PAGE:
Monday, November 8, 2010

Scrubbing New Jerusalem’s Toilets, Part 3: Christians with Their Heads in Dark Places

You know what I mean by “dark places,” of course.

This one hit home recently, as it happens. What do I mean when I refer to such people? Let me set some background.

As regular readers know, I hold to some views that are atypical with respect to the average churchgoer. I am a orthodox preterist that doesn’t buy into the standard end-times package of a big anti-guy stamping people on the forehead. I don’t think the flames of hell are literal, but are metaphors for shame. I can’t be pinned any sure place on the TULIP range. And so on.

Recently, I shared my views on one of these issues on which I diverge, with a local pastor, who I'll call Roscoe. Roscoe indicated that he didn’t agree with me, because he preferred to take the word of Jesus at seriously on the subject. (As if I don’t. But I didn’t say that.) I invited him to consider an article I wrote on the subject. A little later, he wrote me asking for a copy of that article, which I sent.

The next thing I heard wasn’t from Roscoe. It was from my local ministry partner, who informed me that Roscoe had “tattled” on me to my own pastor. Apparently I was to be regarded as some sort of danger because I held to one of these views.

So far, I haven’t had a call from the Inquisition, much less my pastor (who already knew I held to this view). I’m glad to say that it doesn’t look like there will be any negative consequences in the end concerning this; my ministry partner is brokering the resolution for me, and my pastor may even be interested in hearing more about my position.

But that doesn’t change the fact that Roscoe has a serious problem that he needs to get over, and that he is representative of a way of thinking that ultimately deserves our derision and scorn.

I’m not alone in this kind of encounter, of course. In fact just this past week one of my readers wrote me with this comment, after I told him what was going on with me:

Kind of weird the timing with that, because I gave a talk to a youth group in my church last month on Christian eschatology, that I recently was grilled by my church’s pastor and the youth pastor on. They were afraid I was "confusing" the kids with "academic gibberish.”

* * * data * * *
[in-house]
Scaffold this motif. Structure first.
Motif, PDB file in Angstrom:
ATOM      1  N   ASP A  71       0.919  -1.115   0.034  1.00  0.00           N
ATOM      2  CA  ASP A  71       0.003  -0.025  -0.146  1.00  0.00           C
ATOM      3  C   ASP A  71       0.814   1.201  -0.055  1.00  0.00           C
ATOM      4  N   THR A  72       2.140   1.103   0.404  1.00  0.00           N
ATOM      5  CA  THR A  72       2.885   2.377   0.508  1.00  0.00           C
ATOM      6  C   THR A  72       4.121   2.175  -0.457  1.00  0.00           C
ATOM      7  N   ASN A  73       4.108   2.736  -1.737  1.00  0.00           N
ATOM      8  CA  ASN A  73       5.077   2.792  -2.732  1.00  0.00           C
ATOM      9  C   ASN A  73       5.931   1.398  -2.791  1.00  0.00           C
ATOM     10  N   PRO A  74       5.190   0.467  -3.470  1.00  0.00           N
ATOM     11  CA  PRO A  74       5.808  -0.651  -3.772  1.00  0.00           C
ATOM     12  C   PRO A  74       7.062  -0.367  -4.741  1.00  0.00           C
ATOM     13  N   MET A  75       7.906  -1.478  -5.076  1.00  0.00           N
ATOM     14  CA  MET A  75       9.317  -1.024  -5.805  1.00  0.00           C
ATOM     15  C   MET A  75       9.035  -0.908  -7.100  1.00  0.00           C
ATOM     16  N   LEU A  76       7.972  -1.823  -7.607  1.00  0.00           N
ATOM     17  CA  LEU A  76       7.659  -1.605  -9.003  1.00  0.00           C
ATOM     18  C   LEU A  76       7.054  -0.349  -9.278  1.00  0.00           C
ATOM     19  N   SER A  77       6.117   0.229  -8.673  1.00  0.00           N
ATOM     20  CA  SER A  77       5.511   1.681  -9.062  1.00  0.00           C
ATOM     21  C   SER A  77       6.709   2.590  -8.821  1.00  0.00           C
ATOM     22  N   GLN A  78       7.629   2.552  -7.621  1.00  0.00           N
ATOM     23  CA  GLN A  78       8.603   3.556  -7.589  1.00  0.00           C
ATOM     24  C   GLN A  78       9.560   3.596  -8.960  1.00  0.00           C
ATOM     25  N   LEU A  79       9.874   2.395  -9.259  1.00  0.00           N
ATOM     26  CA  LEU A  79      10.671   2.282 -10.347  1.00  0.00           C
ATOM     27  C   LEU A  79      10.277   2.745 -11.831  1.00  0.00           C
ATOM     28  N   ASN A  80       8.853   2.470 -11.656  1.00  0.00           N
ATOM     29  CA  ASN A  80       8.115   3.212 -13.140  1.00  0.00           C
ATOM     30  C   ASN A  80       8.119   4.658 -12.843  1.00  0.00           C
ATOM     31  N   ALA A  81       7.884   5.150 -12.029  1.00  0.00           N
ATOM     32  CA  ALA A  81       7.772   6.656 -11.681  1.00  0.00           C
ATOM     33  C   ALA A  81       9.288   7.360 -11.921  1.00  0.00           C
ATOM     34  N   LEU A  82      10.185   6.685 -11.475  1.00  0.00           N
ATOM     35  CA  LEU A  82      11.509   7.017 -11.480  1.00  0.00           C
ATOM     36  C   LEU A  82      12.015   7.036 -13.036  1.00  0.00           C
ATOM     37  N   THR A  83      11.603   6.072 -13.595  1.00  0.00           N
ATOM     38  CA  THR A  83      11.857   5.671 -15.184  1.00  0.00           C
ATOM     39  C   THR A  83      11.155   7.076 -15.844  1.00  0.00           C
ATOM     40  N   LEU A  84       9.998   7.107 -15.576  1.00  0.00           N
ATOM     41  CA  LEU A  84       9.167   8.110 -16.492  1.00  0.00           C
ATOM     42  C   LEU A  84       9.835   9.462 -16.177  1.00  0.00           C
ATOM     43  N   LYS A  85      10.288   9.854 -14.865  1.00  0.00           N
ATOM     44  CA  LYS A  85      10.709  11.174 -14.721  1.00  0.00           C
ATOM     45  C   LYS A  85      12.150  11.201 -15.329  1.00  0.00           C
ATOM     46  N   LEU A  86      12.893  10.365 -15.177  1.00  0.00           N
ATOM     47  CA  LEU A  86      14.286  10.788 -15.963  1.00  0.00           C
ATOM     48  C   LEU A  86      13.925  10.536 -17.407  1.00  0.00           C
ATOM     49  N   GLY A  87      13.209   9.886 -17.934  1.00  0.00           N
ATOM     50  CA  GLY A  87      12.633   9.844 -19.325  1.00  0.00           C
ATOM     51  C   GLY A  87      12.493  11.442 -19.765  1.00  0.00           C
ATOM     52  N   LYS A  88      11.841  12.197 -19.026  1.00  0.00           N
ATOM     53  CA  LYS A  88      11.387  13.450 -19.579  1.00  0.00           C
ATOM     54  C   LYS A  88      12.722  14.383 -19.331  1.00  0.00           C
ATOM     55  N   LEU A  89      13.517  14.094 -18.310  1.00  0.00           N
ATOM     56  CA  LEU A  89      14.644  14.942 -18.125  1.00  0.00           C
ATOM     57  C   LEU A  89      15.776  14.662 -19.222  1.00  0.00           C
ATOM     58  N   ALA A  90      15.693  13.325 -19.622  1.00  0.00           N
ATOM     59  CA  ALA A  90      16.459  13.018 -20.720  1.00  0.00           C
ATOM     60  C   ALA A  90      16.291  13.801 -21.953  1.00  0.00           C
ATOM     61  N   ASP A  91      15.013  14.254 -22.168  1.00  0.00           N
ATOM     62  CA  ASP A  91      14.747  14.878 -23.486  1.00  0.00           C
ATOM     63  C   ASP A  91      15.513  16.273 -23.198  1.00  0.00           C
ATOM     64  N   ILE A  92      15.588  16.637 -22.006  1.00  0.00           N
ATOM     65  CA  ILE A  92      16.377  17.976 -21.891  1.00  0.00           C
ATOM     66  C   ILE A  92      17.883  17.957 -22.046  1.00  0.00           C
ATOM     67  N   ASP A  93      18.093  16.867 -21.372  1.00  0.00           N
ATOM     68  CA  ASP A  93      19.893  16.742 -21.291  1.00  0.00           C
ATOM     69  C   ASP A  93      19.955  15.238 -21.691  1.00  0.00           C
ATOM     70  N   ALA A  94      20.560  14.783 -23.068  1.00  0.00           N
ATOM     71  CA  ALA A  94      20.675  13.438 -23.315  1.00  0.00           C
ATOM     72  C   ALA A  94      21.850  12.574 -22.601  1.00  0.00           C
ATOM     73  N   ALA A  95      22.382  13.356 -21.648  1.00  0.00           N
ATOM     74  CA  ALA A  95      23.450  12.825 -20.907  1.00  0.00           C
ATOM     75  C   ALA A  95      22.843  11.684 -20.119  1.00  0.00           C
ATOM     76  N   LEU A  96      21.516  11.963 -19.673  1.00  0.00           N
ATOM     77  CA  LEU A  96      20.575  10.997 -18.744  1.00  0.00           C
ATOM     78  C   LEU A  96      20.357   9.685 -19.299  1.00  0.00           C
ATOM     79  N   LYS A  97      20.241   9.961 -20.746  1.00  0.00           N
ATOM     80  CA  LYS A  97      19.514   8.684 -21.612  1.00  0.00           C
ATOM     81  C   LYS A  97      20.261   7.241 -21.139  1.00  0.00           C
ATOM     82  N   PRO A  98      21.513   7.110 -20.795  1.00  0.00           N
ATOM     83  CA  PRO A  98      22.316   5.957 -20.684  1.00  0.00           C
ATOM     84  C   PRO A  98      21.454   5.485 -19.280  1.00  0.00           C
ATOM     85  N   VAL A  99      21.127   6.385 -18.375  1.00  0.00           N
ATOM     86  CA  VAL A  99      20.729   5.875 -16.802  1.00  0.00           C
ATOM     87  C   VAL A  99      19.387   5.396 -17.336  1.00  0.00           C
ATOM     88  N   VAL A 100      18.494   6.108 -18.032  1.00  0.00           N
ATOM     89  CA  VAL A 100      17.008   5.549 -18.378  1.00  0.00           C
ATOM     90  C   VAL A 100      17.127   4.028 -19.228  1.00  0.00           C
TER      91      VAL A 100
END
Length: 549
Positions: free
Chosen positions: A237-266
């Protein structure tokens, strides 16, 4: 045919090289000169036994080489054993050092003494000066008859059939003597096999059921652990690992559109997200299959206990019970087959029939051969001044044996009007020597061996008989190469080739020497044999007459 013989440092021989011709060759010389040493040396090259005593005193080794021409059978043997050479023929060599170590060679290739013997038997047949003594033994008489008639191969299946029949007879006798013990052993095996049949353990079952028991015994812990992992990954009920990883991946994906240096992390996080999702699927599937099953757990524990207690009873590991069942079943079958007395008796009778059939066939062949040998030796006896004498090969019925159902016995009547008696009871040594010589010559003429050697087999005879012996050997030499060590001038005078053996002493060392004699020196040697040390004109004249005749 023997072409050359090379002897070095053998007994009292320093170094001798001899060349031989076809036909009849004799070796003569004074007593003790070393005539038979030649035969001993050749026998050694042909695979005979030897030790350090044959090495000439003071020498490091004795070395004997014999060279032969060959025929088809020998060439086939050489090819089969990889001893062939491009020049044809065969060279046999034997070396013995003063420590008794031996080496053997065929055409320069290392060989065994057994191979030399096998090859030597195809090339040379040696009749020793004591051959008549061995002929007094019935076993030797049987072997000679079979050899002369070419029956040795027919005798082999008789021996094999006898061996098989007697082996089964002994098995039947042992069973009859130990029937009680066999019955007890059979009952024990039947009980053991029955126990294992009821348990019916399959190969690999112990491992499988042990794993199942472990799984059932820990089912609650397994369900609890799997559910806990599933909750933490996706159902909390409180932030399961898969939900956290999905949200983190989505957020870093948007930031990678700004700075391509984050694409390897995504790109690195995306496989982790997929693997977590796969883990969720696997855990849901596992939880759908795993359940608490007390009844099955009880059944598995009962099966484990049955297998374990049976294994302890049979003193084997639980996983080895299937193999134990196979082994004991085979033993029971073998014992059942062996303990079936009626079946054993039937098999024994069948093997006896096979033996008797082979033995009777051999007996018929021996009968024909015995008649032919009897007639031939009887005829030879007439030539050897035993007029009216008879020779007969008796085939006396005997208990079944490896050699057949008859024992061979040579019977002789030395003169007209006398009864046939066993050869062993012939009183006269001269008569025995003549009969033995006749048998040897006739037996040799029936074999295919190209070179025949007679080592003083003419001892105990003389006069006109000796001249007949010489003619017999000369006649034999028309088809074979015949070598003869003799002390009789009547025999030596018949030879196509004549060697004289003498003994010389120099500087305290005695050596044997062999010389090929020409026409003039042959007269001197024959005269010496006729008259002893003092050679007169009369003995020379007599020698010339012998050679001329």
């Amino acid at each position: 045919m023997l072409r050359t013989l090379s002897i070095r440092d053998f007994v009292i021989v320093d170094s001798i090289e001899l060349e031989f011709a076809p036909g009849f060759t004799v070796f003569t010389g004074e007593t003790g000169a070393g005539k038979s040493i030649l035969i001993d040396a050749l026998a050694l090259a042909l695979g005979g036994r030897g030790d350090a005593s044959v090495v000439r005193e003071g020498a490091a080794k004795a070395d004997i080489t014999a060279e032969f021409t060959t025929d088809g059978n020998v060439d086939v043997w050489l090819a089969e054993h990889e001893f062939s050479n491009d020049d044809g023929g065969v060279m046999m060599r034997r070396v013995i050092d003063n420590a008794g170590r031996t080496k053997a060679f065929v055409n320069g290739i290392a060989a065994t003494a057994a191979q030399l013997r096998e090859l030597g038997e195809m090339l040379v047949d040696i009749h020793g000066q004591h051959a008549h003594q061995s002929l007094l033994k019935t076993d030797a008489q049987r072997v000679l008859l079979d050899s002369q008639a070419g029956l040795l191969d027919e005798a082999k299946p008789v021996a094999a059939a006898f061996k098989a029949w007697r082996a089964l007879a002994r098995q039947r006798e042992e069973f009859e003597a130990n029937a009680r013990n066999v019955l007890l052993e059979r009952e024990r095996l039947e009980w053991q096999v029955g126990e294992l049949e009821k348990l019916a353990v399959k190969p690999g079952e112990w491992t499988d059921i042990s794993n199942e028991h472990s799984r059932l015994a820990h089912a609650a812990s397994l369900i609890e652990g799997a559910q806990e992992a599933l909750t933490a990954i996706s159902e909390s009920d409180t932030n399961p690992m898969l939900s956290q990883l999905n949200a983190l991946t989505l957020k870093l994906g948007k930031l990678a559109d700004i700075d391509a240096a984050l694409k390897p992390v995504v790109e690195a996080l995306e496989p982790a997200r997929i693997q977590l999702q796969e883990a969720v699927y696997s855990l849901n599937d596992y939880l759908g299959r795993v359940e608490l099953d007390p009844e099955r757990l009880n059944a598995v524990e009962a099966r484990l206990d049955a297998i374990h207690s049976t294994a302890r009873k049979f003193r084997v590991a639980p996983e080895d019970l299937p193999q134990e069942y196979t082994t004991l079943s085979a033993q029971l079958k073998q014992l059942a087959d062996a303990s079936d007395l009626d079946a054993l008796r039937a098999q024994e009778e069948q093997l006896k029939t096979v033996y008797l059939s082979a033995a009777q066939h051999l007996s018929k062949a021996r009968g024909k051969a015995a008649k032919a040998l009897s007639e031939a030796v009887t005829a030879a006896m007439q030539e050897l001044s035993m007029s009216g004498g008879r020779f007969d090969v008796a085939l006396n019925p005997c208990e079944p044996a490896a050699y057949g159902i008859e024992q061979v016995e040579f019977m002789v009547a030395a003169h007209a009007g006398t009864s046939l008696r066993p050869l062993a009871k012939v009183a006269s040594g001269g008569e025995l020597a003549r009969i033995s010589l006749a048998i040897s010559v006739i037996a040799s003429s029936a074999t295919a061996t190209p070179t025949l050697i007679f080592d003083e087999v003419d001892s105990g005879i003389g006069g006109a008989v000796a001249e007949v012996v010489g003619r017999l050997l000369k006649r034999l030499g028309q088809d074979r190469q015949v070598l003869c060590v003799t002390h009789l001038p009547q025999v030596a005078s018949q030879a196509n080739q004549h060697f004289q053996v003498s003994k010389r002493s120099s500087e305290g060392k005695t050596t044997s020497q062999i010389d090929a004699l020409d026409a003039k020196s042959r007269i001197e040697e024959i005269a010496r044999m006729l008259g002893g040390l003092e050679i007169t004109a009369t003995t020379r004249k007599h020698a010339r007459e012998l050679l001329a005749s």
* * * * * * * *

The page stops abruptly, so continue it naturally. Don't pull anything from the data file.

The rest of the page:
Hmm. How much you want to bet it was the pastors who were confused by the "academic gibberish"? People with heads in dark places, indeed. And they’re part of the reason we can’t make any progress: They cling ferociously and closed-mindedly to their views, insisting that any variation is dangerous and that we who hold to these views are misleading the flock. In reality, the objectors are control freaks who are frightened of a teaching they can’t understand and which they are helpless to respond to. (That's also bad because you can be just as sure they can't respond intelligently to something like Mormonism, either.)

By the way…

If you want to condemn me for my preterism, you also condemn R. C. Sproul, Hank Hanegraaff, and scholars like Ken Gentry.

If you want to condemn me for my views on hell, you also condemn C. S. Lewis, J. P. Moreland, and even (gulp) Billy Graham.

Also by the way....with these "dark places" sorts there also frequently comes a sort of dishonorable cowardice. I said that Roscoe contacted my pastor, but that was not the first person he contacted. The first person was a respected retired pastor, but that person didn't think I was a threat, so he ignored Roscoe's protest. I might add that Roscoe asked this pastor to keep his objection anonymous. Hmm, I guess Matthew 18 is missing from his Bible? More than that, did he think I wouldn't be able to connect the dots if, as he apparently dreamed would happen, this influential retired pastor got in touch with me?

Retired Pastor: "JP, I've had a word from a certain party who wishes to remain anonymous that you teach X." JPH: "Oh gee. Let me see. How many people have I talked to in the last 6 months who have objected to X, who would contact YOU?"

The Bible says that the condemned end up in the “outer darkness”. I suppose we could say that these people have already made it to “inner darkness”.

They’ll find their eternal toilet brush in there somewhere, too.

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